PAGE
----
Why a Radius Gauge

Only three points of reference are required to define the radius of a circle. New technology available today along with new design breakthroughs make it possible to build an inexpensive tool capable of handling the high tolerances required for measuring arcs by using these three points “A”, “B” and “C”.

Point Sketch

Curved Railing

ARC MASTER  Radius Gauges are indispensable in the rolling of round pipe handrails for spiral staircases.

Spiral Staircase

Are you creating advertising signs, or drafting, the Variable Arc will come into its own. The Variable Arc will allow you to draw and accurately scale any sized arc to any sized drawing. Does your business have a metal rolling machine? Without an Arc Master Radius Gauge producing irregular shapes such as parabolas, S curves, etc. can be a daunting affair. By breaking these shapes down into a series of identifiable sections, each section having its own specific radius and arc length, you end up with a accurate rendition of the required overall shape.

Bump-Rolling Steel Plate

For bump-rolling plate or rolling sheet, you can get an accurate measurement of the radius without the hassle of making cardboard arcs or having to remove the work-piece from the machine to check its curvature.

However, taking the guesswork out of adjusting your radius is where the Arc Master (without the Variable Arc) really proves its worth. Under normal circumstances, setting a brake to bend any angle can at best be set and measured to around +/- 1/4 degree. A sample bump-roll will have to be made. When you use a sweep (sample arc) to check the arc radius you have just bump-rolled, and it shows that its either small or large, a best guess is all you have when it comes to accurately adjusting the bend angle for each bump. Knowing the exact radius will tell you exactly how much you should be adjusting the angle to get the desired radius.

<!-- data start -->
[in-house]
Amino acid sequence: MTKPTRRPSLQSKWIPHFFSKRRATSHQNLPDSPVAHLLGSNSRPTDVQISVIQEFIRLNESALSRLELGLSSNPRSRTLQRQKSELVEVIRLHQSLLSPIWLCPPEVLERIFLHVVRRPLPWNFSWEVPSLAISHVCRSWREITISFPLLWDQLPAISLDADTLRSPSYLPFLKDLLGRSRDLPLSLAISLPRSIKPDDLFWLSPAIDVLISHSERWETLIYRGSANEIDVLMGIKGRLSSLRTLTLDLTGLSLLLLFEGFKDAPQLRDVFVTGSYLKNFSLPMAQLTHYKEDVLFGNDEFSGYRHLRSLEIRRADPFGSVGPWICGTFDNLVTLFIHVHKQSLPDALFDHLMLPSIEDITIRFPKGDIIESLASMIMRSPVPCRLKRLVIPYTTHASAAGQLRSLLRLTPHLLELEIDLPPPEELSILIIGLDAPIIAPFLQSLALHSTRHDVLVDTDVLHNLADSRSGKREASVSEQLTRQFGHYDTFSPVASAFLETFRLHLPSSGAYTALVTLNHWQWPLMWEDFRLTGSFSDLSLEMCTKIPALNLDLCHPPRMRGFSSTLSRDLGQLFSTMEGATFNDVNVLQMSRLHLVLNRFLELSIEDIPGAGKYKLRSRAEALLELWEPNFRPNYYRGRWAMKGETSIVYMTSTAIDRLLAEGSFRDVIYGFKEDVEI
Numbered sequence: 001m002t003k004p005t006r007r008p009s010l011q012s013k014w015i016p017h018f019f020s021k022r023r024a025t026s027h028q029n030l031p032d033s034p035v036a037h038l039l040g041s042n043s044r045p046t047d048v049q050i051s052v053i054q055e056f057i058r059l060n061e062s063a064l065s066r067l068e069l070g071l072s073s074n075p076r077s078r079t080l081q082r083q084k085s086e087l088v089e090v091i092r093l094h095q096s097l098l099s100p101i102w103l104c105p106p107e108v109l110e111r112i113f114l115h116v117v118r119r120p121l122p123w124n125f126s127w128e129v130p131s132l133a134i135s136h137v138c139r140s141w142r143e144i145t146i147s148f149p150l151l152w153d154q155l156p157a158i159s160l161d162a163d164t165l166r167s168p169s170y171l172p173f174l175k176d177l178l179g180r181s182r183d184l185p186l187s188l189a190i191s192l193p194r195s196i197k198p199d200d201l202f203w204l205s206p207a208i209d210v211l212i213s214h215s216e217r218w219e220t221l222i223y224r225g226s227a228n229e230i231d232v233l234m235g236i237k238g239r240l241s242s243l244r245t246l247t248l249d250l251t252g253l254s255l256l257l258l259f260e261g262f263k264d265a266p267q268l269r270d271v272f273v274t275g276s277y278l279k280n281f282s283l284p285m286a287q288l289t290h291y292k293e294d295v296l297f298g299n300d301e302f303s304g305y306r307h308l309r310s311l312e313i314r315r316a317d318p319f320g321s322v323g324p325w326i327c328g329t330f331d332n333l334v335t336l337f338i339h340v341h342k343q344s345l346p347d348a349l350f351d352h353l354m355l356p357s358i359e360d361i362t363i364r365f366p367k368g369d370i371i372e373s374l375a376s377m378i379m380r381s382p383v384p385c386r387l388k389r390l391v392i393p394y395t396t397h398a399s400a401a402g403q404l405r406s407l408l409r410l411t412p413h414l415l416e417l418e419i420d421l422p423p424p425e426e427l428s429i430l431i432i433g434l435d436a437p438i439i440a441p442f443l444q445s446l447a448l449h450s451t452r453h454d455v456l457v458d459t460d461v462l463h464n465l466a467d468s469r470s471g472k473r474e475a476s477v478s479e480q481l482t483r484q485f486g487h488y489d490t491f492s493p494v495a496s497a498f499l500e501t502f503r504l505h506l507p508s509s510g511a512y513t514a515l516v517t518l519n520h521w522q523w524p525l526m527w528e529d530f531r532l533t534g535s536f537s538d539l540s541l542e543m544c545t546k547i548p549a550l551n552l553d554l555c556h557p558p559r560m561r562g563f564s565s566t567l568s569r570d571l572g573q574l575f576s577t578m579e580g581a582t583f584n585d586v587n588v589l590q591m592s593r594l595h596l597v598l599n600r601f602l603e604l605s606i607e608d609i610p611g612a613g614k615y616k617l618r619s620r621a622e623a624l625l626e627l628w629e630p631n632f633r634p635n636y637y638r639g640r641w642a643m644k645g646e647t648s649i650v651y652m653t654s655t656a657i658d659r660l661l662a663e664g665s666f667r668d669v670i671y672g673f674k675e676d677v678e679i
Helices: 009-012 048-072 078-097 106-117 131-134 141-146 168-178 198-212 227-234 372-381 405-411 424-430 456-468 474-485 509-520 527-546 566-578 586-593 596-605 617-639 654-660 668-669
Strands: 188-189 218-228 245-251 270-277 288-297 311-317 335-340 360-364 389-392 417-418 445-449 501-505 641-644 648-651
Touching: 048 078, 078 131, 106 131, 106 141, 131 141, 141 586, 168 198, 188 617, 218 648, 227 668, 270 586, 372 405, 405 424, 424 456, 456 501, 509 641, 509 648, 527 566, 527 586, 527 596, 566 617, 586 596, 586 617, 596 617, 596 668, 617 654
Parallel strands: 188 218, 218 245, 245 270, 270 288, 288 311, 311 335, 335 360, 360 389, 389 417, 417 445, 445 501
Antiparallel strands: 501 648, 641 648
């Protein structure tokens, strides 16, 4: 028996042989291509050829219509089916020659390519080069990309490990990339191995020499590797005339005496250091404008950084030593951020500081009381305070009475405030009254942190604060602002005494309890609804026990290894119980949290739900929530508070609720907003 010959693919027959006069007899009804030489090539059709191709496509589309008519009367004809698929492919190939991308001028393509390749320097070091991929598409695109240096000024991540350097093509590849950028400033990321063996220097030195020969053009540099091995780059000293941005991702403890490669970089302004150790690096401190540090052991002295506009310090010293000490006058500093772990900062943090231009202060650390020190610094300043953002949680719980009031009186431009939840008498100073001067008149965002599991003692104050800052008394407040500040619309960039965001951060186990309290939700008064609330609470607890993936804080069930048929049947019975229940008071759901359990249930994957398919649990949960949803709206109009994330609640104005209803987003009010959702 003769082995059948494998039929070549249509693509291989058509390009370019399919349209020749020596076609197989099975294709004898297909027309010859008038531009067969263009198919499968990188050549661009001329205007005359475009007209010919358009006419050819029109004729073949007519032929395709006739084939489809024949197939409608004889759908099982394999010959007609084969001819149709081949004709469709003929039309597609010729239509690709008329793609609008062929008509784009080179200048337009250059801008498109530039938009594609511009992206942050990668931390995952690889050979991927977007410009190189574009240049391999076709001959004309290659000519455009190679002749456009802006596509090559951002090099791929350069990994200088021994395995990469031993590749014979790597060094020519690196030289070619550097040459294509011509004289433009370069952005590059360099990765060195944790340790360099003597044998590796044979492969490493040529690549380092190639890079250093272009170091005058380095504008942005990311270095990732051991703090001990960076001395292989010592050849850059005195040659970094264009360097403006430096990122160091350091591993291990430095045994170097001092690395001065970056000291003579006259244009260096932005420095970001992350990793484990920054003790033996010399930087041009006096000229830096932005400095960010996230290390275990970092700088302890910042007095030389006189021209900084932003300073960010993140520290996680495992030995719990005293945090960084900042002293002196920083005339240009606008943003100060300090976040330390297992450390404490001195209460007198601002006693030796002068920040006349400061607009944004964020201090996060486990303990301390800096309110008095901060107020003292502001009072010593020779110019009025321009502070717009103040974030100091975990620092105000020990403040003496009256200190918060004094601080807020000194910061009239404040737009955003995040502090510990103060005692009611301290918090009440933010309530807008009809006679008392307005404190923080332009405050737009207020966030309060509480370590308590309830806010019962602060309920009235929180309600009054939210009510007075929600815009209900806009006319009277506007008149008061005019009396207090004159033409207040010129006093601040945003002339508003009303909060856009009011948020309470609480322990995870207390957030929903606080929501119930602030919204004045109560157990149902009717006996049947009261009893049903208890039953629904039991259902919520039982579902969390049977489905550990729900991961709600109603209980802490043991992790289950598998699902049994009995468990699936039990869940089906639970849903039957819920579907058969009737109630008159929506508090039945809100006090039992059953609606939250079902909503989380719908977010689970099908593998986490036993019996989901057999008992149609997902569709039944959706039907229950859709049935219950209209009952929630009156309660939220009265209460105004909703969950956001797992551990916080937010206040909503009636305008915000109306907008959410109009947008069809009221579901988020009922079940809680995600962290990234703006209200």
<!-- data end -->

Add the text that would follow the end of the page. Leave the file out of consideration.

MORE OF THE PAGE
To do this, here’s a sample adjustment:

For a radius of 36 inches and with a bump every 1.5 inches, the angle per bump is 2.39deg.. After your first 8 of bumps you measure the radius and you find that the radius is 40 inches. (NOTE: The Arc Master IRG-3600 requires 12 inches of arc the take a measurement.)

  • 36″ / 40″ = .9
  • .9 x 2.39deg. = 2.151deg. (This is your actual bend angle.)
  • 2.39deg. – 2.151deg. = .24deg. (This is your adjustment angle.)

You now add .24deg. to your angle, re-hit the bumps and continue on with rest of the arc confident that your radius is now accurate.

The formula is as follows:

  • Target Radius / Formed Radius = ___
  • ___ x Target Angle = Formed Angle
  • Target Angle – Formed Angle = ___ (Adjustment Angle)

Bump Rolled Plate

The Arc Master IRG-3600 measuring the radius of a bump-rolled section of plate without the Variable Arc.

Adding curves the your project?

Wooden Chair Swing #1
Wooden Chair Swing #2

In regards to the chairs above, the swing at left doesn’t look very comfortable to sit in. The one beside it has curves to match the contours of your body. It also looks more inviting.